Mental health encompasses dynamic states of emotional, psychological, and social well-being. These states affect how individuals think, feel, act, respond to stress, and relate to others. While survivors’ experiences vary, the impacts of gender-based violence (GBV) on mental health and psychosocial well-being can have farreaching consequences for individuals, families, and communities. Psychological effects of GBV can include feelings of fear, sadness, guilt, and anger, as well as anxiety, depression, self-harm, suicidal ideation, and addiction. Alongside social consequences, such as stigma, isolation, and discrimination, these effects can contribute to difficulties in maintaining or establishing relationships and disruptions to work, caregiving, and education.
The fourth in a series of how-to notes produced under the CARE GBV Task Order that Development Professionals Inc. is implementing with our partners, Making Cents International, strongly advocates for applying an integrated approach that places a strong emphasis on ensuring mental healts and psychosocial needs and concerns of all involved in GBV programes and interventions - victims, survivors, those at increased risk of GBV, family and community members, and caregivers and staff, are met in all steps of USAID programming.
In order to ensure positive outcomes for GBV victims, survivors, and those at risk of GBV, mental health and phychosocial support have to be treated as an an essential component of a multisectoral response to GBV. They need to be integrated into health, justice, education, social services, and other sectoral initiatives that address GBV. This is also critical to promoting healing, empowerment, and meaningful participation in education, economic, and civic activities for victims and survivors. The forth in a series of how-to notes produced under the CARE GBV Task Order that Development Professionals Inc. is implementing with our partners, Making Cents International,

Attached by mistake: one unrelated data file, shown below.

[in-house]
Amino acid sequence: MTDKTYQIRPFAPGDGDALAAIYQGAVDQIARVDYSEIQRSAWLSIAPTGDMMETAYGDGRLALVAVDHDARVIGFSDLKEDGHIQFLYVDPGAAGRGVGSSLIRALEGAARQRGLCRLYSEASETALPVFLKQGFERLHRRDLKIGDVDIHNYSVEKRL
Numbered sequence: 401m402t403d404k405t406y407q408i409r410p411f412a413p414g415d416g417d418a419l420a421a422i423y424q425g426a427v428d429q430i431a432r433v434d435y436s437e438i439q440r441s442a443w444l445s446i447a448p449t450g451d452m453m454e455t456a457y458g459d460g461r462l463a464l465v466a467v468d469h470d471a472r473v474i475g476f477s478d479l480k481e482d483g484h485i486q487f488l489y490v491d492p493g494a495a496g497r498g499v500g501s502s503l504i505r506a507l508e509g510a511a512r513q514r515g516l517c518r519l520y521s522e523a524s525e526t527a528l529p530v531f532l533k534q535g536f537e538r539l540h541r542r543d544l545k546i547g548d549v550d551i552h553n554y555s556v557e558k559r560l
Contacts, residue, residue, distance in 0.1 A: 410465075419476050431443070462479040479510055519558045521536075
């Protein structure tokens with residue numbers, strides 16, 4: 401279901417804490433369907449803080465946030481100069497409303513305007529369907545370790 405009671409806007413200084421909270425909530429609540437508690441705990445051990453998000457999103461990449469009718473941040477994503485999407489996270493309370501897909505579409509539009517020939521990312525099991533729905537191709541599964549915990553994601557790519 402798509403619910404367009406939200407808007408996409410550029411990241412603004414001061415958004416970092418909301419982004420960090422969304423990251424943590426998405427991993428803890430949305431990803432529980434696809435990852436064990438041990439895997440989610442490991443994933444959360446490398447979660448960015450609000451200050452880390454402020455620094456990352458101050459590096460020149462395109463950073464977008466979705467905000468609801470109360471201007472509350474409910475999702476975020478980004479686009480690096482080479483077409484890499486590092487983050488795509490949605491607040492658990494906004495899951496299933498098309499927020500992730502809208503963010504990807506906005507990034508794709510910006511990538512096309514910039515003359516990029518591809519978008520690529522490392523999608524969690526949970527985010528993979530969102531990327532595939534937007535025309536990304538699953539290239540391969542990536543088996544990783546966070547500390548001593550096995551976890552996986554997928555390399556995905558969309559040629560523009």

In addition to outlining four complementary layers of support that together form a continuum of care for mental health and psychosocial needs with regard to GBV, the how-to note applies a survivor-centered lense to programming these essential tools into effective and empowering interventions. Outlined avenues of support are firmly rooted in the do-no-harm and trauma-informed approaches, focusing on making sure that programming objectives, actions, and interventions do not—intentionally or unintentionally—compromise the physical and emotional safety of program participants, community members, or staff, and that safe, healing, and empowering environments for all staff and program participants, including survivors of GBV, are promoted.
The how-to note also presents a case study from Rwanda, and outlines the do's and dont's of effective mental-health and psychosocial support programming at each step of the USAID programming cycle.